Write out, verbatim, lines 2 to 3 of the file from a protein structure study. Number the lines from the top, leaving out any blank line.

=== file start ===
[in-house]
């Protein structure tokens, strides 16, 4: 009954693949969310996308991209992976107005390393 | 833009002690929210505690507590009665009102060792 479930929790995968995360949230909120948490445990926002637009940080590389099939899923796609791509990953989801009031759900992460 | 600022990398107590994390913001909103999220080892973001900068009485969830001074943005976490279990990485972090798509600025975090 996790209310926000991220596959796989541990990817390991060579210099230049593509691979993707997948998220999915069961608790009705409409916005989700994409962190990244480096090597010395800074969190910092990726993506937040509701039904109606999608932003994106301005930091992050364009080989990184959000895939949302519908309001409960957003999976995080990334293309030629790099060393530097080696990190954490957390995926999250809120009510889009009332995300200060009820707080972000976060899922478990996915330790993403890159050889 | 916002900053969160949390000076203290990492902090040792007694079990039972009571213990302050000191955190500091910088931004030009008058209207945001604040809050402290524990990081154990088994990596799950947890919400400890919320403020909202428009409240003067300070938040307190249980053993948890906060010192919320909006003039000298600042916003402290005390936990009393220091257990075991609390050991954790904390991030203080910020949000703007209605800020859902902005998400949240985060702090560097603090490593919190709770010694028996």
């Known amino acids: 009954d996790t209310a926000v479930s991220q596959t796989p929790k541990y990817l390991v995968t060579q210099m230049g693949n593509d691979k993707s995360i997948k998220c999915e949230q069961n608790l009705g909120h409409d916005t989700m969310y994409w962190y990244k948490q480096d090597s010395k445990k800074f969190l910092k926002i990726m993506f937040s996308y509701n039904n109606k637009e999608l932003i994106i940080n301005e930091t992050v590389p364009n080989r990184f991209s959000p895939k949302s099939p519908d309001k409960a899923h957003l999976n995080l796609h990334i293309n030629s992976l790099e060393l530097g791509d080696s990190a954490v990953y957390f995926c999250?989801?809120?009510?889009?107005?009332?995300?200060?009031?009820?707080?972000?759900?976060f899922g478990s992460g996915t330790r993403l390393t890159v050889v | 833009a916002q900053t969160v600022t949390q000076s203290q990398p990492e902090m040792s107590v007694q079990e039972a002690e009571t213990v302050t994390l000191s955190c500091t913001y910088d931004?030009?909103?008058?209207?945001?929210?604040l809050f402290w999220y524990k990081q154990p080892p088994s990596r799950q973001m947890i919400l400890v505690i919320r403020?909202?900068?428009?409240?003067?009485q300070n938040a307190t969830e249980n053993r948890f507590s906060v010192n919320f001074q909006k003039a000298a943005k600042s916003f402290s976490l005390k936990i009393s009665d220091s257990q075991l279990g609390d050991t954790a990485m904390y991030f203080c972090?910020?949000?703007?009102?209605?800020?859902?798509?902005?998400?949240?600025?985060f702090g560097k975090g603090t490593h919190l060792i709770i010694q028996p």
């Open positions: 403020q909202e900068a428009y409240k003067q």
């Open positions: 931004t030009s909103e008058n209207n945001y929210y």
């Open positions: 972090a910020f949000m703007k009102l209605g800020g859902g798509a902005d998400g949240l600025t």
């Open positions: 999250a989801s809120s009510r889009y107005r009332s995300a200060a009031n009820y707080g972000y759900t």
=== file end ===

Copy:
């Protein structure tokens, strides 16, 4: 009954693949969310996308991209992976107005390393 | 833009002690929210505690507590009665009102060792 479930929790995968995360949230909120948490445990926002637009940080590389099939899923796609791509990953989801009031759900992460 | 600022990398107590994390913001909103999220080892973001900068009485969830001074943005976490279990990485972090798509600025975090 996790209310926000991220596959796989541990990817390991060579210099230049593509691979993707997948998220999915069961608790009705409409916005989700994409962190990244480096090597010395800074969190910092990726993506937040509701039904109606999608932003994106301005930091992050364009080989990184959000895939949302519908309001409960957003999976995080990334293309030629790099060393530097080696990190954490957390995926999250809120009510889009009332995300200060009820707080972000976060899922478990996915330790993403890159050889 | 916002900053969160949390000076203290990492902090040792007694079990039972009571213990302050000191955190500091910088931004030009008058209207945001604040809050402290524990990081154990088994990596799950947890919400400890919320403020909202428009409240003067300070938040307190249980053993948890906060010192919320909006003039000298600042916003402290005390936990009393220091257990075991609390050991954790904390991030203080910020949000703007209605800020859902902005998400949240985060702090560097603090490593919190709770010694028996």
């Known amino acids: 009954d996790t209310a926000v479930s991220q596959t796989p929790k541990y990817l390991v995968t060579q210099m230049g693949n593509d691979k993707s995360i997948k998220c999915e949230q069961n608790l009705g909120h409409d916005t989700m969310y994409w962190y990244k948490q480096d090597s010395k445990k800074f969190l910092k926002i990726m993506f937040s996308y509701n039904n109606k637009e999608l932003i994106i940080n301005e930091t992050v590389p364009n080989r990184f991209s959000p895939k949302s099939p519908d309001k409960a899923h957003l999976n995080l796609h990334i293309n030629s992976l790099e060393l530097g791509d080696s990190a954490v990953y957390f995926c999250?989801?809120?009510?889009?107005?009332?995300?200060?009031?009820?707080?972000?759900?976060f899922g478990s992460g996915t330790r993403l390393t890159v050889v | 833009a916002q900053t969160v600022t949390q000076s203290q990398p990492e902090m040792s107590v007694q079990e039972a002690e009571t213990v302050t994390l000191s955190c500091t913001y910088d931004?030009?909103?008058?209207?945001?929210?604040l809050f402290w999220y524990k990081q154990p080892p088994s990596r799950q973001m947890i919400l400890v505690i919320r403020?909202?900068?428009?409240?003067?009485q300070n938040a307190t969830e249980n053993r948890f507590s906060v010192n919320f001074q909006k003039a000298a943005k600042s916003f402290s976490l005390k936990i009393s009665d220091s257990q075991l279990g609390d050991t954790a990485m904390y991030f203080c972090?910020?949000?703007?009102?209605?800020?859902?798509?902005?998400?949240?600025?985060f702090g560097k975090g603090t490593h919190l060792i709770i010694q028996p």